With the Dow down 1100 points this morning, it might be time to take a closer look at your investment strategy. Today, you can buy a pretty nice dot neck 335 for the same price as 335 shares of Apple stock. That would be around $35000. That won’t get you a mint 59 but it will get you a near mint 58, 60 or 61 or a really nice (but not mint) 59. So, which would you rather have?
Note that I didn’t say “which is the better investment?” If I knew that, I’d be rich and I wouldn’t be selling vintage guitars I’d be collecting them. Certainly, Apple and a lot of other stocks have been really good investments for the past 7 years or so-pretty much since the market last tanked in 2008 thanks to a bunch of out of control and greedy banks and investors. These same investors took down your home and your vintage guitar collection too. The end of the vintage guitar bubble coincided with that unfortunate market turn. But what about now?
I’m going to use the dot neck market as my reference point. 59 dot necks hit $50,000 in 2008 and blondes were flirting with (and probably exceeded) $100,000. The 335 dot market got hit by 30-35% while the Dow took a 50% nosedive from it’s October 2007 high of 14,164 down to 6594 in March of 2009. If you hung in there with your stocks, you were rewarded with a 6 year bull market and your portfolio probably added another 30% from its 2007 high. If you stayed with your 59 335, you probably got back close to where you were in 2008 but if you bought before that, you are probably, once again, way ahead. The 335 market is still not at the level it was at the peak of the bubble but it is pretty close. Right now, it’s too early to know what the Dow is going to do next and it’s too soon to see if the current downturn is going to affect the vintage guitar market. But I have some thoughts on the matter.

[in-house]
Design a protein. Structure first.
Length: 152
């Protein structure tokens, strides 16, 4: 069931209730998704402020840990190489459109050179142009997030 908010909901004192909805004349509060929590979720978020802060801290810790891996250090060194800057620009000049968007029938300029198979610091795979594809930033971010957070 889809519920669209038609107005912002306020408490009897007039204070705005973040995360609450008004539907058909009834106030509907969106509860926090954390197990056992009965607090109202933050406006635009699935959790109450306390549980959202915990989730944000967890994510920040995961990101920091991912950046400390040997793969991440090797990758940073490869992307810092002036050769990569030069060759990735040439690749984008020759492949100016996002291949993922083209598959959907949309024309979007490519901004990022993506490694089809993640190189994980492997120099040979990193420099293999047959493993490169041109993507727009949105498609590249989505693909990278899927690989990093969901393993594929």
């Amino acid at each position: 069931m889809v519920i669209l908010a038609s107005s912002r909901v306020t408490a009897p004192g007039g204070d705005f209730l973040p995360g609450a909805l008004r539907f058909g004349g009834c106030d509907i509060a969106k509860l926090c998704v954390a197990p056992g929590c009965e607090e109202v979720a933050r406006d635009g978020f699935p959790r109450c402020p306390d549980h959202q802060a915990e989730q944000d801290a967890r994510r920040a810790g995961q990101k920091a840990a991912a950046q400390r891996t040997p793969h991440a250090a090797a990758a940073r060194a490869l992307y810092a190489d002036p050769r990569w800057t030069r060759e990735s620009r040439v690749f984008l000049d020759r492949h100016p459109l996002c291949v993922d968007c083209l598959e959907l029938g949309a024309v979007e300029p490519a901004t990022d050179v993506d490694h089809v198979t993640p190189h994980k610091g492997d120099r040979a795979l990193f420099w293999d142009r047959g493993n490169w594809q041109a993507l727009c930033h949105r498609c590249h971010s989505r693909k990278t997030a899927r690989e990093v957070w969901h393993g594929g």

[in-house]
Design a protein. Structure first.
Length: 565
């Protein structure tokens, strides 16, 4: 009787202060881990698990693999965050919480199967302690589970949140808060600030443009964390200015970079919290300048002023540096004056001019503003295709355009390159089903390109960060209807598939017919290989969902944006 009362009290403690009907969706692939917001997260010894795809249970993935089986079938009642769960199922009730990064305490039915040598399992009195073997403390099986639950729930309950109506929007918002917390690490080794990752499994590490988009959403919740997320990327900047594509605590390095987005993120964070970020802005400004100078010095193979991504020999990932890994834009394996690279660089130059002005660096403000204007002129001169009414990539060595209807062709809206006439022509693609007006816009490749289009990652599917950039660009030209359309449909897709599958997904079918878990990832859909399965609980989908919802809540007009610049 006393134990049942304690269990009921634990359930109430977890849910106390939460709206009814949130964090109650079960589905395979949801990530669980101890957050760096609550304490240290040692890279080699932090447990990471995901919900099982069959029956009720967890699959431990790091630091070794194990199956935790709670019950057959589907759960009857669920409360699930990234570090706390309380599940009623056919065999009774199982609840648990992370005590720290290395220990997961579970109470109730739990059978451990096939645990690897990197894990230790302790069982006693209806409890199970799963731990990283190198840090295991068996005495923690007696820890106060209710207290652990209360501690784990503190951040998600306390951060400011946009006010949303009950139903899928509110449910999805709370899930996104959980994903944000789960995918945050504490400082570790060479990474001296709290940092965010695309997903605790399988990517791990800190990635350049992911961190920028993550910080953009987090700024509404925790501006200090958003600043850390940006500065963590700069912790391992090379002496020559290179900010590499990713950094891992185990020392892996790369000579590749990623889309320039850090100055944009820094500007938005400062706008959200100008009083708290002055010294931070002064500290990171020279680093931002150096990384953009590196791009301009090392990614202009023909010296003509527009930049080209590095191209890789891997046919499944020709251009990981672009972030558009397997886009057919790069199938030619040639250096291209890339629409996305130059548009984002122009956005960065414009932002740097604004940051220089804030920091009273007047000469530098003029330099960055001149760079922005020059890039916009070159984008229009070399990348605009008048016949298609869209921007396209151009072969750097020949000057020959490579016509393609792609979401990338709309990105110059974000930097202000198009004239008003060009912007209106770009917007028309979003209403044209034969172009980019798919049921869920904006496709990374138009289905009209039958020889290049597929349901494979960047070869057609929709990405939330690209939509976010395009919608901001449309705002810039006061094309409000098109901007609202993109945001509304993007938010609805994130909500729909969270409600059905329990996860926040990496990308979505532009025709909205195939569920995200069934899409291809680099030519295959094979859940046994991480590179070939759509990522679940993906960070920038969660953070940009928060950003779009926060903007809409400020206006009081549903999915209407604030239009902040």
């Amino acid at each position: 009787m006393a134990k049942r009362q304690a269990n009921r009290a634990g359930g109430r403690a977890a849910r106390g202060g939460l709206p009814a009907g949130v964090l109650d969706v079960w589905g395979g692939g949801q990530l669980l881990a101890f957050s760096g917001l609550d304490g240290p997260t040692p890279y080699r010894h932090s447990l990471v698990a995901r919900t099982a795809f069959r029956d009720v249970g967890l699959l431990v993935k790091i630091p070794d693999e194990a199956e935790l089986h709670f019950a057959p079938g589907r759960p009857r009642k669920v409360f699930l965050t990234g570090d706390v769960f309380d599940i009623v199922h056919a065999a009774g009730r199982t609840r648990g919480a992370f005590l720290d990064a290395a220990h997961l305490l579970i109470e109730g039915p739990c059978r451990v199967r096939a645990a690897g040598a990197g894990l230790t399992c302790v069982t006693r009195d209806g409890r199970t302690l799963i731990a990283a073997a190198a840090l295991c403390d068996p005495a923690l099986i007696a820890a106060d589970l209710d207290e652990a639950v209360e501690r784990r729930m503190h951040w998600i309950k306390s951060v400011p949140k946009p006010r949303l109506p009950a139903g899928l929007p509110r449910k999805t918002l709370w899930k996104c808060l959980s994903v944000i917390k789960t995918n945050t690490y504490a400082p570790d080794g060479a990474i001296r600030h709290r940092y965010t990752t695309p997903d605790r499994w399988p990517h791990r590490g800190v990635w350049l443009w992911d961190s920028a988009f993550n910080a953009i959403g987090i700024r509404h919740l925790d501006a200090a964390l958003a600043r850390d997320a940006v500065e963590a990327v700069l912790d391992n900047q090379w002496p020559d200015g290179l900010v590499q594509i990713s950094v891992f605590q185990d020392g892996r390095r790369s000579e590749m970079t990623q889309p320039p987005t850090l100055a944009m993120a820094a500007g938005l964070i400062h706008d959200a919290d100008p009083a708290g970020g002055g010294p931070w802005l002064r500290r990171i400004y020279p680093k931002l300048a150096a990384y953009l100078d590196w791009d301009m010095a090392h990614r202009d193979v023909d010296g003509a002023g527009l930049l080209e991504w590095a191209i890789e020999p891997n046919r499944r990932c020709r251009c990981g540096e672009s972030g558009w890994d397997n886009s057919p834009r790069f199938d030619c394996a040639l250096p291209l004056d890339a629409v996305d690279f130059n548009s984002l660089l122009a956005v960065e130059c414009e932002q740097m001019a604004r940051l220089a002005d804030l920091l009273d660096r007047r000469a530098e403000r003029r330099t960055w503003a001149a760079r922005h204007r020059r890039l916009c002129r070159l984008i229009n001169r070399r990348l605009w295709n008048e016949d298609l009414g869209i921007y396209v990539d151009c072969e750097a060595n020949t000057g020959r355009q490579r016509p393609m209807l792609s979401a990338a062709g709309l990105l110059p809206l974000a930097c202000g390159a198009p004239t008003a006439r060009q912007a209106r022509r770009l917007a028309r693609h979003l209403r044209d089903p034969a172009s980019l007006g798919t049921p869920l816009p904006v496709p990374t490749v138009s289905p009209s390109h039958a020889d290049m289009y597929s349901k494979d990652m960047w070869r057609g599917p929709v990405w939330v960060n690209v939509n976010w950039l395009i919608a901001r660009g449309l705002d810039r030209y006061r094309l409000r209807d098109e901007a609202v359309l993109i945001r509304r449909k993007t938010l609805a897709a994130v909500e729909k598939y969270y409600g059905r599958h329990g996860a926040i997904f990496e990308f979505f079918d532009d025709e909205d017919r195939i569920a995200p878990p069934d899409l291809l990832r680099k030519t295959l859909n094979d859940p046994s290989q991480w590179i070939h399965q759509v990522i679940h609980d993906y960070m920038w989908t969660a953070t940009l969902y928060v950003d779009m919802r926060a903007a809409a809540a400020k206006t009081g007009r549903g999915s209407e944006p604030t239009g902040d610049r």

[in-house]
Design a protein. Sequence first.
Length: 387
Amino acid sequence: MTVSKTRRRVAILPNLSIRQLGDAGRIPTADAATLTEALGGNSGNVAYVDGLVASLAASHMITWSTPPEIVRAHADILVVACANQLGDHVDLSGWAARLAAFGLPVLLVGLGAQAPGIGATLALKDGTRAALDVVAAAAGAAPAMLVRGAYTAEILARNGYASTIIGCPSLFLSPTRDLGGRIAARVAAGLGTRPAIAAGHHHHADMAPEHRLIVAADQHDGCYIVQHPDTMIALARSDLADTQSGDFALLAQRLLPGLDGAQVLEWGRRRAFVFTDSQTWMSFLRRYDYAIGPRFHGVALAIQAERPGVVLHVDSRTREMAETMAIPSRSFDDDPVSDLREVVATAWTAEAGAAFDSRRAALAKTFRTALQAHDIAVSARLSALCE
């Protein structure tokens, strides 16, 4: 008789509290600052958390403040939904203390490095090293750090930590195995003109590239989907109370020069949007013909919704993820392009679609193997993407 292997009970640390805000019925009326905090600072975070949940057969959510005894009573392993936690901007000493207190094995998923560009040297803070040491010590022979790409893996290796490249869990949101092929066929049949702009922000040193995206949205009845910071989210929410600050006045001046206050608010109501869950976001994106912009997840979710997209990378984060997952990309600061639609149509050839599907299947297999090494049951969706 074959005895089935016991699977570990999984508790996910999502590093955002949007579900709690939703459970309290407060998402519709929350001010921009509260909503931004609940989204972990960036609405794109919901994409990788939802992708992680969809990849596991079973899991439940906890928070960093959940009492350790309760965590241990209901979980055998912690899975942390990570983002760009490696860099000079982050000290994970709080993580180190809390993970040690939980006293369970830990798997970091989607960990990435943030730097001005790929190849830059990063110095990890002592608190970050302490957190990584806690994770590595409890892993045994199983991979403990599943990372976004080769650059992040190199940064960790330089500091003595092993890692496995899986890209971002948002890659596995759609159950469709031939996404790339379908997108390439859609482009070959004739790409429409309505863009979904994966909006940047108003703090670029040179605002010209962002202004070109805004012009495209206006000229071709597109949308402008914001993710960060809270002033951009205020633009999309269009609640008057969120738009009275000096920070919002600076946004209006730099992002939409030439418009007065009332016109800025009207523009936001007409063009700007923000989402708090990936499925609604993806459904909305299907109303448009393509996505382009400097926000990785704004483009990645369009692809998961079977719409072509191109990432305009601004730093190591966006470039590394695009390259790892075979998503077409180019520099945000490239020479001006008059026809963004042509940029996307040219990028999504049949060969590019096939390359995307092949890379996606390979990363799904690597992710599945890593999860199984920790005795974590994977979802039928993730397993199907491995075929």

The pundits are saying that the Chinese economy has taken a serious downturn and that has affected the US markets. When stocks go down, money leaves the market and goes elsewhere. It goes to cash, it goes to bonds, it used to go to real estate and maybe some of it goes to collectibles. It has to go somewhere. The downturn of the Chinese economy in and of itself, isn’t going to affect the vintage guitar market because the Chinese don’t buy American vintage guitars. They copy them but they don’t buy them. I haven’t sold a single guitar to anyone in China. Of course, the effects of the Chinese downturn as it applies to American investors may affect the vintage market to a degree. After all, most buyers of vintage guitars are using disposable wealth-money that isn’t currently needed to live on. The same money that goes into stocks often goes into vintage guitars. I heard time and again that a buyer “needs a day for two to sell some stock” to fund a guitar purchase.
With the market tanking, you might be inclined to liquidate some holdings. You might be inclined to simply hang on. I’m not going to tell you that a 59 ES-335 is a better investment today than buying 335 shares of Apple. But it might be a safer one. People want Apple stock because they feel they can make some money from it. People want 59 dot necks because they really want to own a 59 dot neck. That doesn’t go away when the value dips. A 59 335 is going to be someone’s dream guitar until my generation is dead and buried. Whether subsequent generations will continue the love affair is yet to be seen. But I just don’t hear folks talking about how they can’t wait until their Apple stock arrives so they can – what, look at the stock certificate? Nobody even gets stock certificates any more. You can’t touch Apple stock. You can’t play Apple stock. You can make money and you can lose money. Apple could, conceivably, go to $12 a share. I know-I once owned it at that price. On that day 335 shares of Apple would be worth $4020. Your 59 ES-335 will never be worth $4020. And if it is, let me know. I’ll buy it from you. Oh, and you can’t play the blues on a stock certificate but you can certainly sing the blues if that’s where your money is today.